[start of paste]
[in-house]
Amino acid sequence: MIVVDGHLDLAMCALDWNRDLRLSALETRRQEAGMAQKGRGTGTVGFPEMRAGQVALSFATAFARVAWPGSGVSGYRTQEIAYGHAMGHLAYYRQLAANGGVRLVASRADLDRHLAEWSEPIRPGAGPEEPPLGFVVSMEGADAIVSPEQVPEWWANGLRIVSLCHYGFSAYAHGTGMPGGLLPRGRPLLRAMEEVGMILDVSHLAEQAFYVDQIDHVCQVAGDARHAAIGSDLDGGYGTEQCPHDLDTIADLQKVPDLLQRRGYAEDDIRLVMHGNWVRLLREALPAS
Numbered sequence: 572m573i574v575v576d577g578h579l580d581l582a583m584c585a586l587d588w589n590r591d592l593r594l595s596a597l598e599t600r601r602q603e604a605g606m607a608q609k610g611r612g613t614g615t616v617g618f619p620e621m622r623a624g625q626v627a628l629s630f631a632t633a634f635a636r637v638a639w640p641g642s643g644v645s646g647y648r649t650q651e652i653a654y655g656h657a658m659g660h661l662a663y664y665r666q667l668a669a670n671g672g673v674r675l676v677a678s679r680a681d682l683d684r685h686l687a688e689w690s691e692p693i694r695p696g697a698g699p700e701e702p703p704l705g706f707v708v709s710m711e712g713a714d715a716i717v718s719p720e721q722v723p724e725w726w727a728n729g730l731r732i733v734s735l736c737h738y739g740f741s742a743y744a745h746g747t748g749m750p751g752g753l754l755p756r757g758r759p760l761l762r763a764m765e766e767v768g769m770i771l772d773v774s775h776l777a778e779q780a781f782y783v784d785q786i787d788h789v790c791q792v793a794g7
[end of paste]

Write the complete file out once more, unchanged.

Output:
[in-house]
Amino acid sequence: MIVVDGHLDLAMCALDWNRDLRLSALETRRQEAGMAQKGRGTGTVGFPEMRAGQVALSFATAFARVAWPGSGVSGYRTQEIAYGHAMGHLAYYRQLAANGGVRLVASRADLDRHLAEWSEPIRPGAGPEEPPLGFVVSMEGADAIVSPEQVPEWWANGLRIVSLCHYGFSAYAHGTGMPGGLLPRGRPLLRAMEEVGMILDVSHLAEQAFYVDQIDHVCQVAGDARHAAIGSDLDGGYGTEQCPHDLDTIADLQKVPDLLQRRGYAEDDIRLVMHGNWVRLLREALPAS
Numbered sequence: 572m573i574v575v576d577g578h579l580d581l582a583m584c585a586l587d588w589n590r591d592l593r594l595s596a597l598e599t600r601r602q603e604a605g606m607a608q609k610g611r612g613t614g615t616v617g618f619p620e621m622r623a624g625q626v627a628l629s630f631a632t633a634f635a636r637v638a639w640p641g642s643g644v645s646g647y648r649t650q651e652i653a654y655g656h657a658m659g660h661l662a663y664y665r666q667l668a669a670n671g672g673v674r675l676v677a678s679r680a681d682l683d684r685h686l687a688e689w690s691e692p693i694r695p696g697a698g699p700e701e702p703p704l705g706f707v708v709s710m711e712g713a714d715a716i717v718s719p720e721q722v723p724e725w726w727a728n729g730l731r732i733v734s735l736c737h738y739g740f741s742a743y744a745h746g747t748g749m750p751g752g753l754l755p756r757g758r759p760l761l762r763a764m765e766e767v768g769m770i771l772d773v774s775h776l777a778e779q780a781f782y783v784d785q786i787d788h789v790c791q792v793a794g7